“How We Lead: Canada in a Century of Change” A Conversation with The Right Honourable Joe Clark, former Prime Minister of Canada
February 27, 2014 // 11:00am — 12:00pm
Contemporary foreign policy is changing profoundly, as power disperses among nations, as well as to non-state actors and citizens. The Right Honourable Joe Clark, former Prime Minister of Canada and long-time Foreign Minister, discussed the urgent need to reconcile cultural differences and build new alliances. Mr. Clark discussed his new book: How We Lead: Canada in a Century of Change.
February 18, 2014 // 9:00am — 10:30am
Mexican President Enrique Peña Nieto will host President Barack Obama and Prime Minister Stephen Harper for the North American Leaders Summit on February 19. On the eve of the summit, the Wilson Center’s Mexico Institute and Canada Institute will host a discussion of the key issues facing the region.
February 14, 2014 // 10:00am — 11:00am
Wilson Center experts preview the upcoming trilateral North American Leaders Summit taking place in Toluca, Mexico on February 19th, 2014.
February 05, 2014 // 9:00am — 11:00am
On Wednesday, February 5, the Canada Institute hosted a discussion on the risks, challenges, and rewards of implementing a robust entry-exit system throughout North America.Comprehensive entry-exit tracking for non-citizens entering and leaving the United States has proven elusive. While non-citizens who enter the United States go through a variety of controls, little has been done to track non-citizens when they leave the country. Canada and the United States began working together recently to close the loop by counting entry into one country as an exit from the other. New legislation in Congress is being considered to add mandatory exit controls at all ports of entry.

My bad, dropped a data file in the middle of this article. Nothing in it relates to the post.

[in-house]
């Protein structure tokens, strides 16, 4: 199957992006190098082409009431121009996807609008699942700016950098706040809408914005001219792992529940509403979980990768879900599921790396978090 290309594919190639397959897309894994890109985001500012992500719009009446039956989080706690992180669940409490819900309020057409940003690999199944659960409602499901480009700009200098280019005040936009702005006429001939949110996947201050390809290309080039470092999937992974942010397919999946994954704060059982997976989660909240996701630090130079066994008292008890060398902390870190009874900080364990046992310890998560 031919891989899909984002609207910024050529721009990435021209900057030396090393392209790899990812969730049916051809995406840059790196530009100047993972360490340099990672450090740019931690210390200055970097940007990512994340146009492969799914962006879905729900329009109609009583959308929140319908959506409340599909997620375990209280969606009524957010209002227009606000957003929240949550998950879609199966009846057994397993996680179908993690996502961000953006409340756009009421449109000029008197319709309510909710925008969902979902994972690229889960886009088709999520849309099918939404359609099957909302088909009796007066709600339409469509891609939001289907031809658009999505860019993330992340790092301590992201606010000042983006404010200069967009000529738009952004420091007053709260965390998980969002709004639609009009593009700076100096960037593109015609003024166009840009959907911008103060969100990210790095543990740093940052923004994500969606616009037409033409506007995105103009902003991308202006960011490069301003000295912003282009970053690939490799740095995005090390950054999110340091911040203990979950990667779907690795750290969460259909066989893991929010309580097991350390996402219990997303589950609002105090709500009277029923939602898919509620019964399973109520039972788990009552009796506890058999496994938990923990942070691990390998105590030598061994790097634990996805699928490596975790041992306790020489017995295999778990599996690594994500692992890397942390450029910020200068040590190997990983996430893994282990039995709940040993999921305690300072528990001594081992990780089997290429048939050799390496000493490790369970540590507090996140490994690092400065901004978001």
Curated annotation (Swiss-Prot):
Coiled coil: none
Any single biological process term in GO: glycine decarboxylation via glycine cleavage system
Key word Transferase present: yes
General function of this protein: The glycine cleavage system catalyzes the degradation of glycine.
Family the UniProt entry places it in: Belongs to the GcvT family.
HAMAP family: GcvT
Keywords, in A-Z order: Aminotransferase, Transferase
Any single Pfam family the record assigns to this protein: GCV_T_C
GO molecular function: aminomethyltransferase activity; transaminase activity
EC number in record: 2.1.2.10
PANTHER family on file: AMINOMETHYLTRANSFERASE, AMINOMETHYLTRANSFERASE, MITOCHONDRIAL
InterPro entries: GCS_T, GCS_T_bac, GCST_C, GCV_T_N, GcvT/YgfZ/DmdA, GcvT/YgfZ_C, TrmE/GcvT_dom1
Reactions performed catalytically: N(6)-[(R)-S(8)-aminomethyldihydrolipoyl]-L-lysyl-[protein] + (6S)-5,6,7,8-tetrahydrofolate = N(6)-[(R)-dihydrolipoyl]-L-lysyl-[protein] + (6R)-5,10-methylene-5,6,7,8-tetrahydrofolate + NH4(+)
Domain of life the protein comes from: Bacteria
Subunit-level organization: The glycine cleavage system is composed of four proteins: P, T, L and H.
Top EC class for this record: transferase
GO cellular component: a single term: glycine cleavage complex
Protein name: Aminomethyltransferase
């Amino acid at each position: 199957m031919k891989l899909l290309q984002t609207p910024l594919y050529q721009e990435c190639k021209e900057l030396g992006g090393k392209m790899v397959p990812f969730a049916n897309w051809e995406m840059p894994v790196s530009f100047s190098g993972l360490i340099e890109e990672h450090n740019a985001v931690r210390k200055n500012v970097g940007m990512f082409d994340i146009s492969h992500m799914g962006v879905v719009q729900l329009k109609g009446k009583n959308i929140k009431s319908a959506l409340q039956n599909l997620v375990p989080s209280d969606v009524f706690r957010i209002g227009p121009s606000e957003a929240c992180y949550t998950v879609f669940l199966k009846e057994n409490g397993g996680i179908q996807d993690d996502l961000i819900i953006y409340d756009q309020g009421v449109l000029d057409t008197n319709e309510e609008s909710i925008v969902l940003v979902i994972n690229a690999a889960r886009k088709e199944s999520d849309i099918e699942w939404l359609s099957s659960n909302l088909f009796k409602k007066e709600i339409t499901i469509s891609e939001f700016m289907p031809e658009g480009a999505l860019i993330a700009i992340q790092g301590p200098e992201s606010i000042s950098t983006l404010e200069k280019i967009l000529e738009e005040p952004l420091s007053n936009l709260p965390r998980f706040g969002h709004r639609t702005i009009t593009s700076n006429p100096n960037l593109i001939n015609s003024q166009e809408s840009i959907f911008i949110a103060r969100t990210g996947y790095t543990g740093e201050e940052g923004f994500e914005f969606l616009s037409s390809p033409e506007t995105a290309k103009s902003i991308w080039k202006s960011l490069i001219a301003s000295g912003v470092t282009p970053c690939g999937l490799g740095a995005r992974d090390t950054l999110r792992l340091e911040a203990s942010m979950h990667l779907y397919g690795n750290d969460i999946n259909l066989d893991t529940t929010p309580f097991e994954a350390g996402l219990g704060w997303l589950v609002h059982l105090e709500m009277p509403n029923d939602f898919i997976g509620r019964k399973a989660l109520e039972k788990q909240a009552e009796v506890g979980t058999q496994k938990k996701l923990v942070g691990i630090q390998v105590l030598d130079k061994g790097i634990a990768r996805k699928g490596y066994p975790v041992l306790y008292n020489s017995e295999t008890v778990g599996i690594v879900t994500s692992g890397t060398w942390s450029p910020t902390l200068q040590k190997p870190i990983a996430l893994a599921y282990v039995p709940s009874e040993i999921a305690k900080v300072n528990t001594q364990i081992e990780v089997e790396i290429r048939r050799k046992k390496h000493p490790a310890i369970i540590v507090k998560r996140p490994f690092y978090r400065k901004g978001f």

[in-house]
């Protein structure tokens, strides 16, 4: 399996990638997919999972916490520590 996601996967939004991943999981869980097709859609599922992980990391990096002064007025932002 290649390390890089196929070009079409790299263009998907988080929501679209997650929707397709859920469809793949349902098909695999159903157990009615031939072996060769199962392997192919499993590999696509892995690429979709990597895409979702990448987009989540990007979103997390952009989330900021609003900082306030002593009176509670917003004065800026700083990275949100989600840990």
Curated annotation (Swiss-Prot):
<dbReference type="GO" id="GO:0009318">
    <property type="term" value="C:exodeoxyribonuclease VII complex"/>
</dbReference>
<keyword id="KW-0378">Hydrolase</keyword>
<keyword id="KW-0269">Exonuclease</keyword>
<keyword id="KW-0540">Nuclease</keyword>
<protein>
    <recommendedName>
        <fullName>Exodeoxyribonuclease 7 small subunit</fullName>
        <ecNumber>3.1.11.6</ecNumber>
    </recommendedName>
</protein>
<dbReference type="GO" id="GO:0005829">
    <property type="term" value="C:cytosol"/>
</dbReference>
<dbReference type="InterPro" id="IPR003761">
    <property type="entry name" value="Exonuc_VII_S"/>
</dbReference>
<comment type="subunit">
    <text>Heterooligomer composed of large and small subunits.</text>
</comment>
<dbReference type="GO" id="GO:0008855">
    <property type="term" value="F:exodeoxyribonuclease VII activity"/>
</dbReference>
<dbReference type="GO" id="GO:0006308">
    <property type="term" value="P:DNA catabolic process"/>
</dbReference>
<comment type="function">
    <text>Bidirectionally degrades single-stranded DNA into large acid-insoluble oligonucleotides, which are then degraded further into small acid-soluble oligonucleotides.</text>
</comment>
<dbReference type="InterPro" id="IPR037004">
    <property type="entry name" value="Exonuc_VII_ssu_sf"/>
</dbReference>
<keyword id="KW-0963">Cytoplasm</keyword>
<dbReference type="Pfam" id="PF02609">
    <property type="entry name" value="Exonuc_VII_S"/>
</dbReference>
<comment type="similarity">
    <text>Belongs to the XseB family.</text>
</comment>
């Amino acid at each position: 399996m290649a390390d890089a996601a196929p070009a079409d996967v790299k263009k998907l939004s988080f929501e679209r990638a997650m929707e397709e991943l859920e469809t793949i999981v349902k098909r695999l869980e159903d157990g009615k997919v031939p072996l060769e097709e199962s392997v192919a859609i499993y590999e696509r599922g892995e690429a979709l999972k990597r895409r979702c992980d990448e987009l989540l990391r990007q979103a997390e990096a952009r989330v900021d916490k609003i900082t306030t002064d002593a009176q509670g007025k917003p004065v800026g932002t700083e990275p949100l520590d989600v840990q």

January 29, 2014 // 1:00pm — 3:00pm
Please join the Canada Institute, the Kennan Institute, and the European Studies Program for the publication launch of "In Search of Arctic Energy." This event will discuss the findings of the new paper and delve into the implications that Arctic energy exploration will have for the region and the globe's energy economy.
January 28, 2014 // 9:00am — 10:00am
The Canada Institute hosted an update event for Beyond the Border's third anniversary. The discussion focused on the 2013 annual implementation report, which highlights the various accomplishments (and challenges) of the process to date. The program featured David Moloney, from the Privy Council Office in Canada, and Amy Pope from the White House’s national security staff, as well as a number of stakeholders from the business community.
January 24, 2014 // 3:00pm — 5:00pm
Environmental Change and Security Program
How long will an ever-dwindling supply of coal remain the dominant source of global energy, and at what cost? How do growing water scarcity, fluctuating ecosystems, and rising oceanic acidity affect food supplies, economies, and even state stability? And how can journalists make a beat dedicated to existential crises resonate with audiences? A panel of veteran journalists offer their thoughts in a roundtable co-sponsored by the Society for Environmental Journalists.
January 23, 2014 // 3:30pm — 6:00pm
The Canada Institute and the Cable Public Affairs Channel (CPAC, Canada) hosted an exclusive, advanced screening of Pipeline Politics, an all-new documentary examining the people and passions that have made the proposed Keystone XL pipeline a hot-button issue in both Canada and the United States.
January 08, 2014 // 4:00pm — 5:30pm
While the United States has benefited tremendously from trade agreements in the past, a number of political and structural challenges raise the question of whether trade will remain a key driving force for growth. Join Wilson Center senior scholar and former assistant U.S. trade representative William Krist as he discusses the TPP and the TTIP.
October 03, 2013 // 8:30am — 11:30am
The Wilson Center’s Canada Institute and Global Public Affairs have organized an important panel to discuss the political challenges facing the adoption of innovative financing tools for infrastructure in the United States. How can those challenges be overcome? What lessons from the Canadian model might be applied to the United States? What problems can be avoided?